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China’s Lander Has Detected Water on the Moon

China’s Chang-5 lunar Lander has found evidence of hydroxyl (OH) on the Moon. Hydroxyl is a close chemical cousin of water, H2O. Several other orbital missions have detected OH on the Moon previously, Chang’e-5 marks the first time it has been detected by a spacecraft sitting on the lunar surface.

Chang’e-5 is most famous for its sample return mission, which brought a sample of lunar regolith back to Earth in December of 2020. However, for the detection of hydroxyl, the Chang’e-5 Lander used instruments on board to look at the area around the Lander site.

Scientists could use data from a panoramic camera, lunar mineralogical spectrometer (LMS), and lunar penetrating radar to look for evidence of water molecules. A rock near the Lander site contained the most hydroxyl, almost twice as much as the surrounding regolith. The regolith has less than 120 parts per million (ppm) of water molecules, while the rock has about 180 ppm.An international team of scientists led by researchers from the Chinese Academy of Sciences in Beijing published their paper in the journal Science Advances.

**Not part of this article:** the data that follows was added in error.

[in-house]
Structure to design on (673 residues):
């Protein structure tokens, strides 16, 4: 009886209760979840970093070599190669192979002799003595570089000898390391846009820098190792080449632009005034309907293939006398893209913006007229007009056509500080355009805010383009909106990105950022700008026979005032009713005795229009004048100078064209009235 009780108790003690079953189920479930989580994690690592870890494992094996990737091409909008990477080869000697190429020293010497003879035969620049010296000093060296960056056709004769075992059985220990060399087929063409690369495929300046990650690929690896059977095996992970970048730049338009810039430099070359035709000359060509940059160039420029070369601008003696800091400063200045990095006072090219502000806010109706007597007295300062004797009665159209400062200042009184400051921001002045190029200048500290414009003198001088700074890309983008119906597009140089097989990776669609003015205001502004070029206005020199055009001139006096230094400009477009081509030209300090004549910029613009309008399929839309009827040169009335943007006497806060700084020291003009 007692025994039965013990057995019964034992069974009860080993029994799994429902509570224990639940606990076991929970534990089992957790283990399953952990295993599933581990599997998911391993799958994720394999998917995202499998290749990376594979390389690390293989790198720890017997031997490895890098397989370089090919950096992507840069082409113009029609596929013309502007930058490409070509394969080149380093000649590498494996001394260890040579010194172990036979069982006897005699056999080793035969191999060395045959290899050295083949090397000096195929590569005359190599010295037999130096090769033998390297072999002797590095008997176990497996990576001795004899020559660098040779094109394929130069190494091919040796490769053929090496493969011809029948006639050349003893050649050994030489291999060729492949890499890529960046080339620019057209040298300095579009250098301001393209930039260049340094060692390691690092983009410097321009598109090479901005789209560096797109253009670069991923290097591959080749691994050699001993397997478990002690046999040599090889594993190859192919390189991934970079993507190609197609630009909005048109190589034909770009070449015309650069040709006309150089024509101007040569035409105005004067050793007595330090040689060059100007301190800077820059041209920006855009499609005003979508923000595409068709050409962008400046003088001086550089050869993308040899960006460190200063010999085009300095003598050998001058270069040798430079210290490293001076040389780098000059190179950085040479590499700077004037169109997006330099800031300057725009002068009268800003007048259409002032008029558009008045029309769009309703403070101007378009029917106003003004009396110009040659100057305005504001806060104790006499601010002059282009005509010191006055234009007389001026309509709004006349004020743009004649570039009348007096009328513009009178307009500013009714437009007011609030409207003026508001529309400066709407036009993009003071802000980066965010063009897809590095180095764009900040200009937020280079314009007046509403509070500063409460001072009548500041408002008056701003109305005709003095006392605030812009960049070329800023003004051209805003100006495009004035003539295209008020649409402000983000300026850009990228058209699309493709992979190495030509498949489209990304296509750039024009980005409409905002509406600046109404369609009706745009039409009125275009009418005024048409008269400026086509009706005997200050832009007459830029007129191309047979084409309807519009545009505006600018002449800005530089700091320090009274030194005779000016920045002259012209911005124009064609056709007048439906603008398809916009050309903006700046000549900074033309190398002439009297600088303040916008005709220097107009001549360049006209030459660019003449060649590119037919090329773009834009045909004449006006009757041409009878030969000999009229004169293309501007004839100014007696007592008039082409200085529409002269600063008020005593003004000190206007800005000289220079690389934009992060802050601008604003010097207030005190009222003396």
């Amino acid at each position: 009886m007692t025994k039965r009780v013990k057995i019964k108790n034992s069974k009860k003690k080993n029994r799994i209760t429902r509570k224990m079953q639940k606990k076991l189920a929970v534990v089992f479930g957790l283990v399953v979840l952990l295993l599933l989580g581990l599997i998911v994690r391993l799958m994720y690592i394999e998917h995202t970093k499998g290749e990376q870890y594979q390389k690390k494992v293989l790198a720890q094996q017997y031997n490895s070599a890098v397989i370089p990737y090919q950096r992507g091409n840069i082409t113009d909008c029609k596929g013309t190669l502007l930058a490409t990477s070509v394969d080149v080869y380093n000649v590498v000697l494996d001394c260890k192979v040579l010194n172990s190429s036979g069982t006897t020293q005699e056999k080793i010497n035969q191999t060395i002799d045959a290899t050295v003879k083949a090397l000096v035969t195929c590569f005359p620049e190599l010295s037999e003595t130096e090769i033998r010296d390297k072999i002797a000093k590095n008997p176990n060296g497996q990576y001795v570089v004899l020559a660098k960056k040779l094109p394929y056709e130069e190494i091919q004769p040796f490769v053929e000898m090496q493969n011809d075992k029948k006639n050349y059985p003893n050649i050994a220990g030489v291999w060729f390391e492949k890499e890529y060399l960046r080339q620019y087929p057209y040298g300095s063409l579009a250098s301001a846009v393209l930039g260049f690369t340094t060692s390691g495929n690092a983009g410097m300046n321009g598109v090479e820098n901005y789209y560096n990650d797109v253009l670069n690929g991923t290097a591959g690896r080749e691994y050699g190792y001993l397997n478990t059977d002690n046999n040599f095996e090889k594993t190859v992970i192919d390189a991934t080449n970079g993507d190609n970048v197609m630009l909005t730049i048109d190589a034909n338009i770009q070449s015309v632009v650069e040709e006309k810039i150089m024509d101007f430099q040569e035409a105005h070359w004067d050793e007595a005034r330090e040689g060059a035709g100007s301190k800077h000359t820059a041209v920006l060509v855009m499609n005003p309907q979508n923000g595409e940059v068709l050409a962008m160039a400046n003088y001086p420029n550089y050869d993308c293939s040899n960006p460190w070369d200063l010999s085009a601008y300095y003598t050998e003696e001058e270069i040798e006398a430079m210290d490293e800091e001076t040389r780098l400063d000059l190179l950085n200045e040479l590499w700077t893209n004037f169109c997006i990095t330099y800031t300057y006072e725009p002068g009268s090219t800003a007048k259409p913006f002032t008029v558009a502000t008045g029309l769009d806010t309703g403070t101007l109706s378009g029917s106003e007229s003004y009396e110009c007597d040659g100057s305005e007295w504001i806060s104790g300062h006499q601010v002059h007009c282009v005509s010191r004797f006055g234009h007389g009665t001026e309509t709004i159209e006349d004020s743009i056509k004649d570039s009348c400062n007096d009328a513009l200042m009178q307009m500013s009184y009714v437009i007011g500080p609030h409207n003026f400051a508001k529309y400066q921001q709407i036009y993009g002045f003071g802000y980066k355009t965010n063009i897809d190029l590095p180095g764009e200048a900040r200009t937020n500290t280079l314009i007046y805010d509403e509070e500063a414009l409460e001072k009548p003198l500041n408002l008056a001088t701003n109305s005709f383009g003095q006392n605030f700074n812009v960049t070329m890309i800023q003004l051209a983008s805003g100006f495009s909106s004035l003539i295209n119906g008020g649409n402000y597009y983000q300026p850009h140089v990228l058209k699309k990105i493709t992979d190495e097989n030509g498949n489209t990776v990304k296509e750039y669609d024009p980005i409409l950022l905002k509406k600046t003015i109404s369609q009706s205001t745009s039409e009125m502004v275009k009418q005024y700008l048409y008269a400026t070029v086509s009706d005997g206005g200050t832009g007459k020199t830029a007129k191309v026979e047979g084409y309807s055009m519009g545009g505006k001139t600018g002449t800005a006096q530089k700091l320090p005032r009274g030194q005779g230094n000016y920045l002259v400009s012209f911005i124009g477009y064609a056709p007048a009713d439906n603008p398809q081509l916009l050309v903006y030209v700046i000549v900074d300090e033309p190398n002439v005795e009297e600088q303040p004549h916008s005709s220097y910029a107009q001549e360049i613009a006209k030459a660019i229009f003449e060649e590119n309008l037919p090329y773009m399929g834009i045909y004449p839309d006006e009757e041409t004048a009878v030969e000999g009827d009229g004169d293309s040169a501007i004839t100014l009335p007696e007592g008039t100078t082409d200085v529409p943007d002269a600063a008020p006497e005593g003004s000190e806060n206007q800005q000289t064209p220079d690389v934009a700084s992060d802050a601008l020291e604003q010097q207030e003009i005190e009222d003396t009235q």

Water molecules were first detected on the Moon in 2009. In September of that year, scientists from three different space missions announced they had detected widespread water across the surface of the Moon.In November of 2009, the LCROSS science team held a press briefing to announce they had detected “buckets” of water inside the crater. The LCROSS impactor blasted material from inside Cabeus Crater, with a spacecraft making observations of the debris.

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